Benchmarking is the process of comparing the cost, cycle time, productivity, or quality of a specific process or method to another that is widely considered to be an industry standard or best practice.
Why best practice?
Best practice refers to techniques, methods or processes that are more effective at delivering a desired outcome.
Incorporating best practice into your organization can lead to greater efficiency and effectiveness and a happier customer.
Benefits of Benchmarking
Benchmarking helps identify the gaps between the organization that is undertaking the benchmarking assessment and best practice.
Undertaking benchmarking can lead to improvements being incorporated into processes and systems delivering gains in efficiency and effectiveness.
Benchmarking can help align improvement activity with strategic goals and objectives.
The Benchmarking process Benchmarking has a defined process 1. Identify the process that will be benchmarked – consider what metrics will be measured. 2. Measure results in own organization. 3. Identify a benchmarking partner (look for one with favourable results or to the metric being measured or known best practice). 4. Measure the process.
The Benchmarking process 5. Analyze the conditions that determine the favourable results. 6. Determine an action plan to take your organization to the favourable results. 7. Review Benchmarking results and conduct regular reviews with your peer (s).
Problems with Benchmarking
Problems with benchmarking occur where
Data is not obtained for the process being measured – and analysis becomes subjective
No peer group/best practice identified (including data available)
The gap between current state and best practice is captured but nothing is done about it
Assumed best practice isn't best practice
Benchmarking happens as a one off event and not reviewed periodically
The importance of data
In order to measure the gap between the measuring organization and best practice quantifiable measures need to be taken, this requires data.
Unless this method is followed results can be subjective and inaccurate.
Benchmarking doesn’t stop
Benchmarking should be viewed as a continuous improvement method.
Regular reviews of performance should be taken especially if improvement activity is underway to transition to “best practice”.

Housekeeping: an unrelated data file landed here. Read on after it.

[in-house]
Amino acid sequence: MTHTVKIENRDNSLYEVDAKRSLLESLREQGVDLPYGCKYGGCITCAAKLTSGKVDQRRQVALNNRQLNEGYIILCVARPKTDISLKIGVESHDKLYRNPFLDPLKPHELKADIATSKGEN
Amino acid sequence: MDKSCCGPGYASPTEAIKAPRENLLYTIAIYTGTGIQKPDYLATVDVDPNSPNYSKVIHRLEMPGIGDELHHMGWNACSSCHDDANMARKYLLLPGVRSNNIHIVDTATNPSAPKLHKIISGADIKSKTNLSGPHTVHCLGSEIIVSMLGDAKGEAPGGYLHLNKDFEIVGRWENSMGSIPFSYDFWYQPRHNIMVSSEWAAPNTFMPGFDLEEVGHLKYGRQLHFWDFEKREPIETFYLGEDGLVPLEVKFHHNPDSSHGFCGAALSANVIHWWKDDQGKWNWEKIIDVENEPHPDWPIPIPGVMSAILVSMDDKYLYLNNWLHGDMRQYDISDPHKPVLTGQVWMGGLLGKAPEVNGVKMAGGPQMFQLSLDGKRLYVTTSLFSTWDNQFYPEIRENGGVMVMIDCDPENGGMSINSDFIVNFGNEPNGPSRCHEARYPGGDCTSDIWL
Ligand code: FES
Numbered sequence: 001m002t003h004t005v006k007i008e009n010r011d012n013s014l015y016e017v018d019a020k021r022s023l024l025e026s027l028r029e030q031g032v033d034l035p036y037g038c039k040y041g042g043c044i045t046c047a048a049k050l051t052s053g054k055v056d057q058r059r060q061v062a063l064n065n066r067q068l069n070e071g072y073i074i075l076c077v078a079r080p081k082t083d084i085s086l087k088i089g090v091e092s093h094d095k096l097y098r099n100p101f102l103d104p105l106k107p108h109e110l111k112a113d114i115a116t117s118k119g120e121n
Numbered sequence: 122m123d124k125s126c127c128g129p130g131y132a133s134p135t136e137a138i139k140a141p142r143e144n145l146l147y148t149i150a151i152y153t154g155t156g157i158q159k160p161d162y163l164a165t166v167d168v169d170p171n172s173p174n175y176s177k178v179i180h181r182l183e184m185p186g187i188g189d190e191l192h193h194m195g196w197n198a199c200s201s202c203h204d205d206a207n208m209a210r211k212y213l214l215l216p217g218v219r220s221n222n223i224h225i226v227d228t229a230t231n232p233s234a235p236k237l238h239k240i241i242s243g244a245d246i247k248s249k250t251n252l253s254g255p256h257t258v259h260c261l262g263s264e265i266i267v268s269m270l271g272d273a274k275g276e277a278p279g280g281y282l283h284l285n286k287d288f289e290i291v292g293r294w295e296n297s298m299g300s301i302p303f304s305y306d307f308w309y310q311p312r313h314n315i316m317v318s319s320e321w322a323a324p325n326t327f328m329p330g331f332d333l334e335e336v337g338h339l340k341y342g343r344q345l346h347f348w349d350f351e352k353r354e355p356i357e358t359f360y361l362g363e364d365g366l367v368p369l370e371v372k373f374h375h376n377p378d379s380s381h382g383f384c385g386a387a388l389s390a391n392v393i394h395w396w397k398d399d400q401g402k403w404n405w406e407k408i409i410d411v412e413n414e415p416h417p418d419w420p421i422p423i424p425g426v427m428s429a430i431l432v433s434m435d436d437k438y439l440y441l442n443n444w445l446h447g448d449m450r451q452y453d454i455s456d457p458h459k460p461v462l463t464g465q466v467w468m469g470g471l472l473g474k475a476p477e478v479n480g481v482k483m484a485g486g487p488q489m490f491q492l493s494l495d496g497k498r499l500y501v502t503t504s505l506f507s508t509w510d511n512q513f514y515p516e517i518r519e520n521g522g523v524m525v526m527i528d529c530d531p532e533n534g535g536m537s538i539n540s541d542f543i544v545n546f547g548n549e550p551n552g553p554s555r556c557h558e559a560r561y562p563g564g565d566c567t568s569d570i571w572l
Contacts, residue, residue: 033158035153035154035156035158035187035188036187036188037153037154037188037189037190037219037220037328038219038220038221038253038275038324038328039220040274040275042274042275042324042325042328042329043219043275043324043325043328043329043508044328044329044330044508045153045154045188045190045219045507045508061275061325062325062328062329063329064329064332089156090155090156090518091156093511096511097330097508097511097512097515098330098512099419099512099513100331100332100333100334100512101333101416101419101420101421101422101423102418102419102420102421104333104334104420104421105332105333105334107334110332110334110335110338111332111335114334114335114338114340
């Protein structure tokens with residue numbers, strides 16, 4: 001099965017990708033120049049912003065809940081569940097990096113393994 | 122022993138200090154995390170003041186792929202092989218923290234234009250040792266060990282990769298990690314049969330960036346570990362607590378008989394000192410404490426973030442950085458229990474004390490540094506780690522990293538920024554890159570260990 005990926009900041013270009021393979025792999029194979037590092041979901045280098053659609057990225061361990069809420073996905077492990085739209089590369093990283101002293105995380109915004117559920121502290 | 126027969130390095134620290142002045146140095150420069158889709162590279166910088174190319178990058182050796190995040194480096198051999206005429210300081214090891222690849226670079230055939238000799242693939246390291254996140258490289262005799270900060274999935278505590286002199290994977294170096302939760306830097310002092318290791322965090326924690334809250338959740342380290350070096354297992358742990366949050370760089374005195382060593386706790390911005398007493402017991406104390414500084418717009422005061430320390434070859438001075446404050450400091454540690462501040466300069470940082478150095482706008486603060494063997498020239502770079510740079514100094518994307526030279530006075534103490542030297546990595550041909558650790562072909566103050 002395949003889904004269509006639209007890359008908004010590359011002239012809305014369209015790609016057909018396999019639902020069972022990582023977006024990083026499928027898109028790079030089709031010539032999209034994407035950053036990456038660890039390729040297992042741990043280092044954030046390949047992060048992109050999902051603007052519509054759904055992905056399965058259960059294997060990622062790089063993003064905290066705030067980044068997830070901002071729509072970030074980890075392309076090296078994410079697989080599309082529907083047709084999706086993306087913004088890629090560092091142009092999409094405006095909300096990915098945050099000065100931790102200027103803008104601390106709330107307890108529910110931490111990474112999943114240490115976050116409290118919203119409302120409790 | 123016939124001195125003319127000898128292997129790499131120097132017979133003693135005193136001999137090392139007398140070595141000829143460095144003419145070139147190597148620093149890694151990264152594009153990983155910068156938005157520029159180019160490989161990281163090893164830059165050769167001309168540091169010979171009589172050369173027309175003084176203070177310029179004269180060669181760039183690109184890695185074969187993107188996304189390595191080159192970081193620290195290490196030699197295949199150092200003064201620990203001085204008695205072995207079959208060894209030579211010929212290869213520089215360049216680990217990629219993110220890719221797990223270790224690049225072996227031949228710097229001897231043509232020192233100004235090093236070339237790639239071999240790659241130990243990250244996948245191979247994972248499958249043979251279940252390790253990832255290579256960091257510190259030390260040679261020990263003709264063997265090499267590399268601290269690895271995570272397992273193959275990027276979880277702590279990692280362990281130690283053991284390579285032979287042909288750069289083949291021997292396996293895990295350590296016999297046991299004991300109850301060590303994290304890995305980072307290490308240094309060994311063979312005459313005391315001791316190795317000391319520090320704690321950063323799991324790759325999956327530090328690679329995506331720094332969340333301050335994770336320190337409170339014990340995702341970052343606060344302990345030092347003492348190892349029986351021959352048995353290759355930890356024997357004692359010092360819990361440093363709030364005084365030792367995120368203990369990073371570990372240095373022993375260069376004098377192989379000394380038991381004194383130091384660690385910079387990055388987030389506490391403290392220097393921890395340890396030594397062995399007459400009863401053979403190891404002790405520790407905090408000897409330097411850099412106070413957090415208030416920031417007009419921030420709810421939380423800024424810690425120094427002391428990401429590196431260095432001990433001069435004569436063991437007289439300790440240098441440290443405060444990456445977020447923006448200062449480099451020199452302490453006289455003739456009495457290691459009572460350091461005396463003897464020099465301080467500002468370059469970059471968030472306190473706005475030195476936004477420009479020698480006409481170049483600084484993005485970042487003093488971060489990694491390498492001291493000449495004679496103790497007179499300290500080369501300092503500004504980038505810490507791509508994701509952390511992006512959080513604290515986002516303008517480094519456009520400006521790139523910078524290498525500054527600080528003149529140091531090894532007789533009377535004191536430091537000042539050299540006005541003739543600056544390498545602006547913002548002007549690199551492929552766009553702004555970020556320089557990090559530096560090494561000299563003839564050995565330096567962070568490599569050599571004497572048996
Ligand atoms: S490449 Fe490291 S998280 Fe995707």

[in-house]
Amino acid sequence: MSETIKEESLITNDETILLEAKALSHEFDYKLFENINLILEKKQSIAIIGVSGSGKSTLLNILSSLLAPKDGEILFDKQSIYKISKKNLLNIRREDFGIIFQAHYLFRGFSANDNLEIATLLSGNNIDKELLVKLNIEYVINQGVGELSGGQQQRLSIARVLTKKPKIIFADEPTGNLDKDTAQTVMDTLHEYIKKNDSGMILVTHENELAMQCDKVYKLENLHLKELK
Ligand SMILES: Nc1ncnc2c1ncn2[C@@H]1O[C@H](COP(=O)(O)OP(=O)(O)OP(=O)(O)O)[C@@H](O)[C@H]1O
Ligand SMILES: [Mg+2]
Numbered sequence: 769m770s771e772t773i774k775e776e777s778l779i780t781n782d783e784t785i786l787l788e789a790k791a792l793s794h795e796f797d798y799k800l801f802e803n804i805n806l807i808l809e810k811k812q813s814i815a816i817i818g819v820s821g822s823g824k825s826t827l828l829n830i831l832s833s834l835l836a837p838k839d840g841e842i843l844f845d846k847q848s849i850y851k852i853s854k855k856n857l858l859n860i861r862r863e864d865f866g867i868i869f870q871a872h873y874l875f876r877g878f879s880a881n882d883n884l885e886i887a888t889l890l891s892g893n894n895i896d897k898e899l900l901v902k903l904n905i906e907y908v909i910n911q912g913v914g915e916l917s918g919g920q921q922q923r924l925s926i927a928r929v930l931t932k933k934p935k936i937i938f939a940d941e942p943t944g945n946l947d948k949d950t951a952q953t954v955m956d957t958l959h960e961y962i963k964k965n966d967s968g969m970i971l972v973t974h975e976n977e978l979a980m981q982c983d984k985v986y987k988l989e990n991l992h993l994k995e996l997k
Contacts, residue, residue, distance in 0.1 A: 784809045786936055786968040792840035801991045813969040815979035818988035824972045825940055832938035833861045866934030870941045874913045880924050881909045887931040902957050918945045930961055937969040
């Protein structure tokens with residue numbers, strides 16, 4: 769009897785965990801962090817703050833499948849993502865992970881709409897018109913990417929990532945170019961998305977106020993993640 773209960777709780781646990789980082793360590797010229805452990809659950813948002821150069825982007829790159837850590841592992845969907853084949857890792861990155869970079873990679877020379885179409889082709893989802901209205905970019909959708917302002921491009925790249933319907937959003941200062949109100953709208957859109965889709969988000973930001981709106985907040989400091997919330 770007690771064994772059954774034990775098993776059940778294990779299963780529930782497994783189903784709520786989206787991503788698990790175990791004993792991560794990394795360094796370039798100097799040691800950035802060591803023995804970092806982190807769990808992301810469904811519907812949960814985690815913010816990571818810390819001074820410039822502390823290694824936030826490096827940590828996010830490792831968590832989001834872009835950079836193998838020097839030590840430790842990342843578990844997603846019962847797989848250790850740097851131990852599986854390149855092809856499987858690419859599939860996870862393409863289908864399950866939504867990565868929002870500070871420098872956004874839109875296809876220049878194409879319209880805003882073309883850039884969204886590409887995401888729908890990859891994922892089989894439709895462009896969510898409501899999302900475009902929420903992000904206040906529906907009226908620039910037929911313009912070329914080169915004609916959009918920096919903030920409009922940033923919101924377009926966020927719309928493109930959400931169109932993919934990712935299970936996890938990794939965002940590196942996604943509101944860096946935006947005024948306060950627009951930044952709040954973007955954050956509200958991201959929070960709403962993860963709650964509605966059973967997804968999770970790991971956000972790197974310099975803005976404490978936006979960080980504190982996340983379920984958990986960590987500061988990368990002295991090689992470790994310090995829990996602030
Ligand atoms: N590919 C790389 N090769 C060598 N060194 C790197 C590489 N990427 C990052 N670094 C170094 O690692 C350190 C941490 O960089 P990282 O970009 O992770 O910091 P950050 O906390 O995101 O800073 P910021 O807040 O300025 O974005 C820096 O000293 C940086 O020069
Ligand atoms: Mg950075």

Regular reviews of the peer group should be taken to cater for any changes/improvement made.
Case study Background:
'Xerox' trademark in 1948.
Xerox was listed on the New York Stock Exchange in 1961 and on the Chicago Stock Exchange in 1990.
Revenues soared from $37 million in 1960 to $268 million in 1965.
Xerox acquired a majority stake in various company’s
Profits increased five-fold from $ 83 million in 1966 to $ 407 million in 1977
In the early 1980s, Xerox found itself increasingly vulnerable to intense competition from both the US and Japanese competitors.
According to analysts, Xerox's management failed to give the company strategic direction. It ignored new entrants (Ricoh, Canon, and Sevin)
Between 1980 and 1984, Xerox's profits decreased from $ 1.15 billion to $ 290 million
The company's operating cost (and therefore, the prices of its products) was high and its products were of relatively inferior quality in comparison to its competitors.
Return on assets fell to less than 8% and market share in copiers came down sharply from 86% in 1974 to just 17% in 1984.
Average manufacturing cost of copiers in Japanese companies was 40-50% of that of Xerox.
Benchmarking against Japanese competitors, Xerox found out that it took twice as long as its Japanese competitors to bring a product to market, five times the number of engineers, four times the number of design changes, and three times the design costs.
Japanese could produce, ship, and sell units for about the same amount that it cost Xerox just to manufacture them.
Xerox's products had over 30,000 defective parts per million - about 30 times more than its competitors.
Benchmarking also revealed that Xerox would need an 18% annual productivity growth rate for five consecutive years to catch up with the Japanese.
Benchmarking was implemented at Xerox – ‘Leadership Through Quality’
Highly satisfied customers for its copier/duplicator and printing systems increased by 38% and 39% respectively.
Customer complaints to the president's office declined by more than 60%.
Customer satisfaction with Xerox's sales processes improved by 40%, service processes by 18% and administrative processes by 21%.
Overall customer satisfaction was rated at more than 90% in 1991.
Number of defects reduced by 78 per 100 machines.
Service response time reduced by 27%.
Inspection of incoming components reduced to below 5%.
Inventory costs reduced by two-thirds.
Marketing productivity increased by one-third.
Distribution productivity increased by 8-10 %.
Increased product reliability on account of 40% reduction in unscheduled maintenance.
Notable decrease in labour costs.
Errors in billing reduced from 8.3 % to 3.5% percent.
Became the leader in the high-volume copier- duplicator market segment.